For insurance companies, there’s a constant influx of data from almost everywhere: customers, marketing teams, sales representatives, underwriting departments, HR and more. These massive amounts of data can be used to make your company better, or so you’ve been told. But harnessing business value from this data isn’t as easy as it might seem. It takes more than collecting data and building models for AI to help a business.
In the last few years, a technology has emerged that can harness AI across all departments of a business like never before, enabling massive, company-wide returns. However, the technology alone isn’t enough; there must be the right combination of technology, people and process.
Feature Stores for Machine Learning
Data scientists love to dive deep into different algorithm alternatives, but the most effective way to get better predictive signals is to get the right data. For example, in media personalization, companies often used the fact that a particular user visited a particular site (like a luxury shoe brand) as an important data point. But this is deceptive. Recency also matters. If a visit to a particular site has been within, say, the last 48 hours, you get significantly better conversion on ads. You have to get the right data points represented to get a model to perform!
Data points that inform models are known as features. These are usually transformed data attributes, which together form the feature vectors that are the input to machine learning algorithms. The process of turning raw data into features is called feature engineering, and is — in my opinion — the critical success factor for practical ML projects that deal with corporate structured data.
Not only is feature engineering essential for model accuracy, it’s also incredibly time-intensive for data scientists. Data preparation takes 80% of data scientists’ time, which means they only have 20% left to actually build, test and implement models. This makes it incredibly difficult and expensive to build models at the volume that would be necessary to provide value for every department of an insurance company.
Technology leaders like Uber, Google and Airbnb have spent years and millions of dollars designing infrastructure that makes it possible to unleash the power of AI throughout a company. The solution they have all converged on is a feature store.
A feature store is a central repository that stores features, data lineage and metadata associated with all the machine learning models in a company. In essence, it is a single source of truth for all of the data science work within one organization. Being able to share and re-use features boosts data science productivity by cutting down duplicate work and making it easy for data engineers, data scientists and ML engineers to collaborate. Each machine learning model becomes cheaper and easier to produce. (If you want to learn more about why that is, there’s a more in-depth resource here.)
See also: 6 Implications of Big Data for Insurance
Integrate Diverse Skill Sets in Data Science Teams
Even though feature stores are incredibly powerful tools, they are ultimately still tools, which means how they’re used will influence how helpful they are. Even with a feature store bridging the gaps inside a company, a “siloed” data science structure makes it hard to truly integrate AI into the enterprise.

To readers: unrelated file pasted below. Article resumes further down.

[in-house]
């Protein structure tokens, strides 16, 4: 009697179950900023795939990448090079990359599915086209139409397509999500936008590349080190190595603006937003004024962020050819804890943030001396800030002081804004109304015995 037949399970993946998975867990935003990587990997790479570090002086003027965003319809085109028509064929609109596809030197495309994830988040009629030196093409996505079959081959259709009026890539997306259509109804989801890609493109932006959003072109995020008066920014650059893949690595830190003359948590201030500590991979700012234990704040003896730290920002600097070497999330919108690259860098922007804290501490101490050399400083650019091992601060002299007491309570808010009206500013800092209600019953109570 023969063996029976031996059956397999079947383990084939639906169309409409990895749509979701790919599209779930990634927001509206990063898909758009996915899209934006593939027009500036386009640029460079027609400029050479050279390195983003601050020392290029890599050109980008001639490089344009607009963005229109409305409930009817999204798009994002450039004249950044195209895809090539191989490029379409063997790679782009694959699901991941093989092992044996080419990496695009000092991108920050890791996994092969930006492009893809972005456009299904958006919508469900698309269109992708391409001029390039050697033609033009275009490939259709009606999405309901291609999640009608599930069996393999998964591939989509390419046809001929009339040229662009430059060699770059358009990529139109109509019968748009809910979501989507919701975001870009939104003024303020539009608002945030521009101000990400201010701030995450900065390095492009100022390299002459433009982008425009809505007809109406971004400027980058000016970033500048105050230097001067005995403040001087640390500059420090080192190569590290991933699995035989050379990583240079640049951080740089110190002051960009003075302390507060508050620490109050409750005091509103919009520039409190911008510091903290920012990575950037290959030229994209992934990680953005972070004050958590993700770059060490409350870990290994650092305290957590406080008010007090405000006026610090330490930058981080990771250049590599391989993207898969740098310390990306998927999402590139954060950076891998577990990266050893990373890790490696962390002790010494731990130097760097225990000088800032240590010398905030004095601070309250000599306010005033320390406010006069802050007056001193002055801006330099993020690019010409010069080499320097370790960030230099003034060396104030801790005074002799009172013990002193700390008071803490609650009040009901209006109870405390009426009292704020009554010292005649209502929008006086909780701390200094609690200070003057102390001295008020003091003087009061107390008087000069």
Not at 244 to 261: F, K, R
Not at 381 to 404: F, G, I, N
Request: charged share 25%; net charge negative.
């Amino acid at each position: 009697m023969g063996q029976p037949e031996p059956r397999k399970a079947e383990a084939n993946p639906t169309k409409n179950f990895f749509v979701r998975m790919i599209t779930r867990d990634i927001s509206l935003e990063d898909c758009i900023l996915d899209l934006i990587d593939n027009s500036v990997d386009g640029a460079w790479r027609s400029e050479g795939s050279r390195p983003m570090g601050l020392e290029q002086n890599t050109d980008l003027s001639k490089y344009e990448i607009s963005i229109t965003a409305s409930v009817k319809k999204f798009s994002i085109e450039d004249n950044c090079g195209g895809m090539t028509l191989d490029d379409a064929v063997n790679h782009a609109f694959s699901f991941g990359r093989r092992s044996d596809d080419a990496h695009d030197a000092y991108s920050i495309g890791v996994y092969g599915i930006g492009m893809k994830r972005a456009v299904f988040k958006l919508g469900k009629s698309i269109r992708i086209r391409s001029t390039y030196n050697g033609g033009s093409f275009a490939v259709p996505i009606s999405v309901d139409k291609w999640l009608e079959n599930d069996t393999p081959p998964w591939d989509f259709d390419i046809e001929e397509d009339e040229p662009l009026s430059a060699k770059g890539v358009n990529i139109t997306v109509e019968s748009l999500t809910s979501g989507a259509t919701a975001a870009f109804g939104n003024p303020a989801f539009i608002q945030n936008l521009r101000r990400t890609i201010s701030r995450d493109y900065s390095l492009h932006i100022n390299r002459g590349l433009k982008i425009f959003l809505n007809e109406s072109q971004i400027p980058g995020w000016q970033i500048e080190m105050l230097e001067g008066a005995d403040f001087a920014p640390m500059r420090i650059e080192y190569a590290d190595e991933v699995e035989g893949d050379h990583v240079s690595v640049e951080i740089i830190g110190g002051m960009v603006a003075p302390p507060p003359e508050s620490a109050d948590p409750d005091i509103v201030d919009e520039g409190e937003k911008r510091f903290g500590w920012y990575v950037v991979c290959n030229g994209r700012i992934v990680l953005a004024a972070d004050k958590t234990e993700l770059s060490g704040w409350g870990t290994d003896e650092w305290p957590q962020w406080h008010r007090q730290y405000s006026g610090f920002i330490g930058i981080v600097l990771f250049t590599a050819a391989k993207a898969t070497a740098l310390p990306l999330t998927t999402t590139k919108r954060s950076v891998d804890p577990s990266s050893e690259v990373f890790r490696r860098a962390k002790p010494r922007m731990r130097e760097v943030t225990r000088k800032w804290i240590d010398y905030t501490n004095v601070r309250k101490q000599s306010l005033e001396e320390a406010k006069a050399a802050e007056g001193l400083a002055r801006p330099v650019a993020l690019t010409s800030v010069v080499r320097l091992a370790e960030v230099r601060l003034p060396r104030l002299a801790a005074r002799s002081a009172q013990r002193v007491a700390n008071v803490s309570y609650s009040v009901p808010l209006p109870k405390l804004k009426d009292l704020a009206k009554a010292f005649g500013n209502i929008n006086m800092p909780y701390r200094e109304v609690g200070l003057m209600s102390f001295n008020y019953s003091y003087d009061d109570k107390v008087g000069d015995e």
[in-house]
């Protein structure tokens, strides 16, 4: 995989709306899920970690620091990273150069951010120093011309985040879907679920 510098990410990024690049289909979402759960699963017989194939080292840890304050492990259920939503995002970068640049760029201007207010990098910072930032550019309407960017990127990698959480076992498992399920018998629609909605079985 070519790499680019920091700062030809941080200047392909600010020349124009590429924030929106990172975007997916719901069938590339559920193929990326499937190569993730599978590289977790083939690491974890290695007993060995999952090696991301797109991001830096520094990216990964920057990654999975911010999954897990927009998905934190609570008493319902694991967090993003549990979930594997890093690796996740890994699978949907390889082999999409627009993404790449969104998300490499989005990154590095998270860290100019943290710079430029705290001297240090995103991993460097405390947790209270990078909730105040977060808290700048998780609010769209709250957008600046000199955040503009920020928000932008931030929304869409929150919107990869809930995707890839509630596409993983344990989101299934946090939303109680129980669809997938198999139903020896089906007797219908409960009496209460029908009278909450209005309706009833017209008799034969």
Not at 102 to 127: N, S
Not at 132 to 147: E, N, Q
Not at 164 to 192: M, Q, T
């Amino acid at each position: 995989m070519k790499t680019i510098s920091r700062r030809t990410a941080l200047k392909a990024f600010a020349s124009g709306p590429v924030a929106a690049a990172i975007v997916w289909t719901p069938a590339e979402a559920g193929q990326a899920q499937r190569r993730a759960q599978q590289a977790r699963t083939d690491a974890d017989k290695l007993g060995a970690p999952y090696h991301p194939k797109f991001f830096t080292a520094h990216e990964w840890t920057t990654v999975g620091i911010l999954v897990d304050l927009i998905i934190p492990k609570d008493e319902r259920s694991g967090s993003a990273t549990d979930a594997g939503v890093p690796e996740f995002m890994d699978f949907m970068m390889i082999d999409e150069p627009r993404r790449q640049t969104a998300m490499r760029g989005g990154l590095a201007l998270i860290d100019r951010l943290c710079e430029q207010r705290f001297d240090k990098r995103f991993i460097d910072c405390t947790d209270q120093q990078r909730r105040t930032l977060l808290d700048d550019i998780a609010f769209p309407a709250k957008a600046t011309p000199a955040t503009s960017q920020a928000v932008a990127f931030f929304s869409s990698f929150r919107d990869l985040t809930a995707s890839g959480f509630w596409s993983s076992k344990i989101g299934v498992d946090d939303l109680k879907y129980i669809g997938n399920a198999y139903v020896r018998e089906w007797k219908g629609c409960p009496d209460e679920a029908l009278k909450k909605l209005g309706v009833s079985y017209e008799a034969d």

Traditionally, the people who can manage large volumes of data and “do the math” of machine learning are sitting in their silos. They are away from the action — where the application interacts with customers, suppliers and employees. They are one step removed from the business.
But the AI or data science team is not equipped to get the job done independently. They simply do not have enough knowledge about the business or the applications that will deploy the models to lead to production applications that deliver business outcomes. The secret sauce to a successful AI implementation is diversity. Data scientists need to work side by side with people who know the business and the application from inception to completion.
Culture of ML Experimentation
Machine learning projects need to include more than just subject matter experts and application developers as part of the data science and data engineering teams. To do ML well, you have to create a culture of experimentation within your data science team.
Markets change, bad actors innovate, the climate changes, the competitors change and so much more. What was the perfect feature vector on go-live might produce noise two months later, or worse — tomorrow. You must realize that an ML project will not thrive with a hands-off approach; it is a process of continuous experimentation and continuous improvement. So the secret is to keep the diverse team intact, frequently evaluating the deployed models, and able to experiment with new features.
See also: Insurance Outlook for 2021
The technologies and organizational silos of the past weren’t made to embed AI into the fabric of organizations, and as a result, companies that aren’t innovating aren’t benefiting from the full power of AI.
To inject AI throughout a company, the goal needs to be the continuous improvement of business outcomes.
You can achieve this by optimizing the two bottlenecks of the operational process:. First, overcome the feature bottleneck of the ML lifecycle with a feature store. Second, overcome the organizational bottleneck of the technology lifecycle by distributing data experts in every department of your company. Your teams will finally be able to demonstrate a significant ROI from your AI.